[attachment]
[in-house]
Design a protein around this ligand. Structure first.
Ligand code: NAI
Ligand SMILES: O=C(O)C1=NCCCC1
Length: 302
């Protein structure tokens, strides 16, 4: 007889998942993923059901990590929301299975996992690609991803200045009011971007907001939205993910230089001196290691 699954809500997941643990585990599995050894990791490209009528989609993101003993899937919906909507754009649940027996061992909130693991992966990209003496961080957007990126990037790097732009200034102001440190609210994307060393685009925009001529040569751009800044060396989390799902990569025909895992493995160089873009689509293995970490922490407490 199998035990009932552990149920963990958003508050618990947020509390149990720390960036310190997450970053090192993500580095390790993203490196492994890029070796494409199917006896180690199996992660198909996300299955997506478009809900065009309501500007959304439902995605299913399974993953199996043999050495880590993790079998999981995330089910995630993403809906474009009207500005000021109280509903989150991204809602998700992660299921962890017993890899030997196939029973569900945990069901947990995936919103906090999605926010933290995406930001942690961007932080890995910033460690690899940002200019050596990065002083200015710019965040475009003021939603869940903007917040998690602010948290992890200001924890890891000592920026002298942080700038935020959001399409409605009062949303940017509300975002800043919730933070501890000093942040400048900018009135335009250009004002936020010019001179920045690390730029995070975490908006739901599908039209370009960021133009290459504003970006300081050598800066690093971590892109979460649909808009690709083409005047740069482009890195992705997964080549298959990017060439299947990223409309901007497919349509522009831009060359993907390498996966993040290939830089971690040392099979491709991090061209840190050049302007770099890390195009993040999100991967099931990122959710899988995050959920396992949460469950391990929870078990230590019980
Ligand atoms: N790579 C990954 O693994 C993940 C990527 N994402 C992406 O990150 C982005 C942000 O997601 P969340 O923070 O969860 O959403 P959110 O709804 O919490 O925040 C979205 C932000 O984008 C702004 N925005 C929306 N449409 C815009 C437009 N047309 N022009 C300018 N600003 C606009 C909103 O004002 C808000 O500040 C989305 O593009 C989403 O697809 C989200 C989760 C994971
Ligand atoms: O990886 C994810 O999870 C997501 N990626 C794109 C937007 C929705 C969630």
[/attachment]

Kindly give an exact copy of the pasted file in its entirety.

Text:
[in-house]
Design a protein around this ligand. Structure first.
Ligand code: NAI
Ligand SMILES: O=C(O)C1=NCCCC1
Length: 302
């Protein structure tokens, strides 16, 4: 007889998942993923059901990590929301299975996992690609991803200045009011971007907001939205993910230089001196290691 699954809500997941643990585990599995050894990791490209009528989609993101003993899937919906909507754009649940027996061992909130693991992966990209003496961080957007990126990037790097732009200034102001440190609210994307060393685009925009001529040569751009800044060396989390799902990569025909895992493995160089873009689509293995970490922490407490 199998035990009932552990149920963990958003508050618990947020509390149990720390960036310190997450970053090192993500580095390790993203490196492994890029070796494409199917006896180690199996992660198909996300299955997506478009809900065009309501500007959304439902995605299913399974993953199996043999050495880590993790079998999981995330089910995630993403809906474009009207500005000021109280509903989150991204809602998700992660299921962890017993890899030997196939029973569900945990069901947990995936919103906090999605926010933290995406930001942690961007932080890995910033460690690899940002200019050596990065002083200015710019965040475009003021939603869940903007917040998690602010948290992890200001924890890891000592920026002298942080700038935020959001399409409605009062949303940017509300975002800043919730933070501890000093942040400048900018009135335009250009004002936020010019001179920045690390730029995070975490908006739901599908039209370009960021133009290459504003970006300081050598800066690093971590892109979460649909808009690709083409005047740069482009890195992705997964080549298959990017060439299947990223409309901007497919349509522009831009060359993907390498996966993040290939830089971690040392099979491709991090061209840190050049302007770099890390195009993040999100991967099931990122959710899988995050959920396992949460469950391990929870078990230590019980
Ligand atoms: N790579 C990954 O693994 C993940 C990527 N994402 C992406 O990150 C982005 C942000 O997601 P969340 O923070 O969860 O959403 P959110 O709804 O919490 O925040 C979205 C932000 O984008 C702004 N925005 C929306 N449409 C815009 C437009 N047309 N022009 C300018 N600003 C606009 C909103 O004002 C808000 O500040 C989305 O593009 C989403 O697809 C989200 C989760 C994971
Ligand atoms: O990886 C994810 O999870 C997501 N990626 C794109 C937007 C929705 C969630």